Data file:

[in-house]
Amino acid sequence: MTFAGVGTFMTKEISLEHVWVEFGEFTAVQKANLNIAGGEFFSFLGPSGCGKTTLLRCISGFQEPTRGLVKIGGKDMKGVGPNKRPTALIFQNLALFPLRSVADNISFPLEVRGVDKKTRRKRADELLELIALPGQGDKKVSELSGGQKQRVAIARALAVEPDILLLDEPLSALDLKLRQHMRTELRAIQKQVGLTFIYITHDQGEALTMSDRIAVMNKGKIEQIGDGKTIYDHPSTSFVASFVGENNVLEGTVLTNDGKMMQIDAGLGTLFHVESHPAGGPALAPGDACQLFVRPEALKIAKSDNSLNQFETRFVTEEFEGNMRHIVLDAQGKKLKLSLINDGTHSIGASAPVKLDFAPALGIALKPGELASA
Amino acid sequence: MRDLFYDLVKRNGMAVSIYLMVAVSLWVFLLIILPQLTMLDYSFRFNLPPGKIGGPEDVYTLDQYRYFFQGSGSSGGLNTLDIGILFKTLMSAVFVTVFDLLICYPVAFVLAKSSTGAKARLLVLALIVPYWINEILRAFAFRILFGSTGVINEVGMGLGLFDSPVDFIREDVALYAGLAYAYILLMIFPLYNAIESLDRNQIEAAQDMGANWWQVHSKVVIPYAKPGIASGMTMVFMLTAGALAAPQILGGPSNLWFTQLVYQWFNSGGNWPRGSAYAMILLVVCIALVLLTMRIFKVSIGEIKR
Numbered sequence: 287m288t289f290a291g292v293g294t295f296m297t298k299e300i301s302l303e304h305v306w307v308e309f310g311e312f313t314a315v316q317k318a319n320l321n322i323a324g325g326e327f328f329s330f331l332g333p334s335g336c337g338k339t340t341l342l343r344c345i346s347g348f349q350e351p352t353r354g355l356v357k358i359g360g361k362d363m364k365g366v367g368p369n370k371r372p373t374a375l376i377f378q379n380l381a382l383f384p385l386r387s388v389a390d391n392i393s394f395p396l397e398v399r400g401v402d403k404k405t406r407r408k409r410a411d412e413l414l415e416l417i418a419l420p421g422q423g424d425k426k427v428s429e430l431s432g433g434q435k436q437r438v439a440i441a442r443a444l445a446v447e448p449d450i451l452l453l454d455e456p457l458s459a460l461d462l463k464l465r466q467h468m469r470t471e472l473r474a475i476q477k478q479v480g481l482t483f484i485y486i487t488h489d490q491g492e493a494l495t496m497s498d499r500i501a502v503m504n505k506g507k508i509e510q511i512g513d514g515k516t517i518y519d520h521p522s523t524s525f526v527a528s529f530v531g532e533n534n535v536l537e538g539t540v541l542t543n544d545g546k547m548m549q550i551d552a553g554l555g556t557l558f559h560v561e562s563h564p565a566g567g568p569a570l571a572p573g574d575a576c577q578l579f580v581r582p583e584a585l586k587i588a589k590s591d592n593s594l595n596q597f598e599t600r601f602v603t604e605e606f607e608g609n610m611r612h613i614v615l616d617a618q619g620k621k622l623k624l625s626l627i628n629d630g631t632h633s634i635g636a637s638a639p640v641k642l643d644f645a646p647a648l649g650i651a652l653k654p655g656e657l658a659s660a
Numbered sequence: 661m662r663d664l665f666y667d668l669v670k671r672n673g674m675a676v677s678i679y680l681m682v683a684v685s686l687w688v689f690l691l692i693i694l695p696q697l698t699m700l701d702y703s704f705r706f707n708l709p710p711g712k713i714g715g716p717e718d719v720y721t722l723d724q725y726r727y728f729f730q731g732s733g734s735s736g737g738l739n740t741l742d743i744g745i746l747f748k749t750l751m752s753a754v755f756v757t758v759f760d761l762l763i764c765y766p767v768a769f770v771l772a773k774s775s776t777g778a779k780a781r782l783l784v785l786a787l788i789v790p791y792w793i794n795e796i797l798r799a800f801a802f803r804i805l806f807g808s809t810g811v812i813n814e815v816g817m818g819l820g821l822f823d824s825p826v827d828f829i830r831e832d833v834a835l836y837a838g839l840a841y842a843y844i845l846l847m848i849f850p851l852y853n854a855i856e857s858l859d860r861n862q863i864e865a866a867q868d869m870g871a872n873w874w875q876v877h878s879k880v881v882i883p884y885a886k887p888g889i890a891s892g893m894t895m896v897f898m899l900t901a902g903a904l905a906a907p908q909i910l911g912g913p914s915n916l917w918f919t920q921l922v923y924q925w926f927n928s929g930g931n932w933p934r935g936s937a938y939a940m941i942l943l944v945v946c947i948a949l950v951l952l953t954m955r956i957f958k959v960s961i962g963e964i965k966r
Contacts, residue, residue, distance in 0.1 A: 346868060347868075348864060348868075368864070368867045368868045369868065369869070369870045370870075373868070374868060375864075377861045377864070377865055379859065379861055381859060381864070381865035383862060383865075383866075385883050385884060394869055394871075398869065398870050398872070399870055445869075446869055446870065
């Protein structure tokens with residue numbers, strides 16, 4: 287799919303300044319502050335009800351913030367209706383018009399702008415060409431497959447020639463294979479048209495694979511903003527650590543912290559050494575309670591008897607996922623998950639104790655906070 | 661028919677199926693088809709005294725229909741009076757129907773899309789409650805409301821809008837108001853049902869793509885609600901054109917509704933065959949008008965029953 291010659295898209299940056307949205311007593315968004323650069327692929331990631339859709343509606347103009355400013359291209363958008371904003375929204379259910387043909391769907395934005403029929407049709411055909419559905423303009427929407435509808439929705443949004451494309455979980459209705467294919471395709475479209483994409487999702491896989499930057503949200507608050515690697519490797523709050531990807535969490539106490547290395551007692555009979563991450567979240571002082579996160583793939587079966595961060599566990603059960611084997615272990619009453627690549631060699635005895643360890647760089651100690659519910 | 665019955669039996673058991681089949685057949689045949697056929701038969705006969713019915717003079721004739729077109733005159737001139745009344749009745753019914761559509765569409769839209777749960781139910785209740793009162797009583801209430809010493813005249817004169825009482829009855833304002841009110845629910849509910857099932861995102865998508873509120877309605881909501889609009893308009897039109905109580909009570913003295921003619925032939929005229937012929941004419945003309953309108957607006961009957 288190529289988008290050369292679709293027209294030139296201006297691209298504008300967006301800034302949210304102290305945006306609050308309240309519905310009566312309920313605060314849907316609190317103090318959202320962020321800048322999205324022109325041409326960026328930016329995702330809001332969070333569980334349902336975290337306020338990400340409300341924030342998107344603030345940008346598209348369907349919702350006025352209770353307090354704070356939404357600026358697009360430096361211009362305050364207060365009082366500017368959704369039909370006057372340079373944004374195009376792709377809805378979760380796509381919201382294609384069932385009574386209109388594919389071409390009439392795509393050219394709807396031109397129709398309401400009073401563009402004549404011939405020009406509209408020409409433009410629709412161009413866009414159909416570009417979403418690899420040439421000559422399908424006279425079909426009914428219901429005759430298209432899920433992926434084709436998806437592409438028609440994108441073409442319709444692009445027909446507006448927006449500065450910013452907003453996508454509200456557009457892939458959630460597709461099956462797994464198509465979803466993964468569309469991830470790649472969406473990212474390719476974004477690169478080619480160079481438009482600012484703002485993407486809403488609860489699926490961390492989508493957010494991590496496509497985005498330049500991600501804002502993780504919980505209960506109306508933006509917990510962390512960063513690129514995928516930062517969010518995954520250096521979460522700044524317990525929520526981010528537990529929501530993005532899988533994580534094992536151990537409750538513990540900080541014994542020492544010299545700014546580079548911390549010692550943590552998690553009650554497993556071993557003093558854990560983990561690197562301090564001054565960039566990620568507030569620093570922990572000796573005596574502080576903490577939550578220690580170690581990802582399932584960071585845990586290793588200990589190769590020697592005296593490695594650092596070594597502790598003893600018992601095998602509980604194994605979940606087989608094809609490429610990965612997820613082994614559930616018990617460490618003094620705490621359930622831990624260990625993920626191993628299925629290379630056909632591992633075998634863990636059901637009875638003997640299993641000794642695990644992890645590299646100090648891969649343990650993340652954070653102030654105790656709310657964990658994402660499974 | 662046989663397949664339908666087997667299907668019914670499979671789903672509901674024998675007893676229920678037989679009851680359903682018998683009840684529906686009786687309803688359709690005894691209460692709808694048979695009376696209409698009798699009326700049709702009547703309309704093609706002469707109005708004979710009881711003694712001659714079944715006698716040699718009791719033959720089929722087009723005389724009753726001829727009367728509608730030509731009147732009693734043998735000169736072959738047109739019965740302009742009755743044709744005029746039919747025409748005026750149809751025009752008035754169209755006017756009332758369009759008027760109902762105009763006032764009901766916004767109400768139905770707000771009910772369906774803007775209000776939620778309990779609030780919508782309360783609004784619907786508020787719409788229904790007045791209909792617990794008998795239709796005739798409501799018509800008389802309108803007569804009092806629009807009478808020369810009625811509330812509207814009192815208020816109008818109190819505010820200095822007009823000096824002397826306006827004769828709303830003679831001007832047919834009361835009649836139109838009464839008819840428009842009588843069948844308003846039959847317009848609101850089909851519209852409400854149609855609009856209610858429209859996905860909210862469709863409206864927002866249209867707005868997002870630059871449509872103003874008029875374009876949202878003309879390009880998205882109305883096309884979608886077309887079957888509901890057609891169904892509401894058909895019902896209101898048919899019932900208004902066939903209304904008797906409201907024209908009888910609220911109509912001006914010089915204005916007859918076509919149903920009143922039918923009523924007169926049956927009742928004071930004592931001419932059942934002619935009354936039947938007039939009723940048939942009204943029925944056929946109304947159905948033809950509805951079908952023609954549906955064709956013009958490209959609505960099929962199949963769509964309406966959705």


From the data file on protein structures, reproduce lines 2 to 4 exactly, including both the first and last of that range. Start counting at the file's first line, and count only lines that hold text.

Amino acid sequence: MTFAGVGTFMTKEISLEHVWVEFGEFTAVQKANLNIAGGEFFSFLGPSGCGKTTLLRCISGFQEPTRGLVKIGGKDMKGVGPNKRPTALIFQNLALFPLRSVADNISFPLEVRGVDKKTRRKRADELLELIALPGQGDKKVSELSGGQKQRVAIARALAVEPDILLLDEPLSALDLKLRQHMRTELRAIQKQVGLTFIYITHDQGEALTMSDRIAVMNKGKIEQIGDGKTIYDHPSTSFVASFVGENNVLEGTVLTNDGKMMQIDAGLGTLFHVESHPAGGPALAPGDACQLFVRPEALKIAKSDNSLNQFETRFVTEEFEGNMRHIVLDAQGKKLKLSLINDGTHSIGASAPVKLDFAPALGIALKPGELASA
Amino acid sequence: MRDLFYDLVKRNGMAVSIYLMVAVSLWVFLLIILPQLTMLDYSFRFNLPPGKIGGPEDVYTLDQYRYFFQGSGSSGGLNTLDIGILFKTLMSAVFVTVFDLLICYPVAFVLAKSSTGAKARLLVLALIVPYWINEILRAFAFRILFGSTGVINEVGMGLGLFDSPVDFIREDVALYAGLAYAYILLMIFPLYNAIESLDRNQIEAAQDMGANWWQVHSKVVIPYAKPGIASGMTMVFMLTAGALAAPQILGGPSNLWFTQLVYQWFNSGGNWPRGSAYAMILLVVCIALVLLTMRIFKVSIGEIKR
Numbered sequence: 287m288t289f290a291g292v293g294t295f296m297t298k299e300i301s302l303e304h305v306w307v308e309f310g311e312f313t314a315v316q317k318a319n320l321n322i323a324g325g326e327f328f329s330f331l332g333p334s335g336c337g338k339t340t341l342l343r344c345i346s347g348f349q350e351p352t353r354g355l356v357k358i359g360g361k362d363m364k365g366v367g368p369n370k371r372p373t374a375l376i377f378q379n380l381a382l383f384p385l386r387s388v389a390d391n392i393s394f395p396l397e398v399r400g401v402d403k404k405t406r407r408k409r410a411d412e413l414l415e416l417i418a419l420p421g422q423g424d425k426k427v428s429e430l431s432g433g434q435k436q437r438v439a440i441a442r443a444l445a446v447e448p449d450i451l452l453l454d455e456p457l458s459a460l461d462l463k464l465r466q467h468m469r470t471e472l473r474a475i476q477k478q479v480g481l482t483f484i485y486i487t488h489d490q491g492e493a494l495t496m497s498d499r500i501a502v503m504n505k506g507k508i509e510q511i512g513d514g515k516t517i518y519d520h521p522s523t524s525f526v527a528s529f530v531g532e533n534n535v536l537e538g539t540v541l542t543n544d545g546k547m548m549q550i551d552a553g554l555g556t557l558f559h560v561e562s563h564p565a566g567g568p569a570l571a572p573g574d575a576c577q578l579f580v581r582p583e584a585l586k587i588a589k590s591d592n593s594l595n596q597f598e599t600r601f602v603t604e605e606f607e608g609n610m611r612h613i614v615l616d617a618q619g620k621k622l623k624l625s626l627i628n629d630g631t632h633s634i635g636a637s638a639p640v641k642l643d644f645a646p647a648l649g650i651a652l653k654p655g656e657l658a659s660a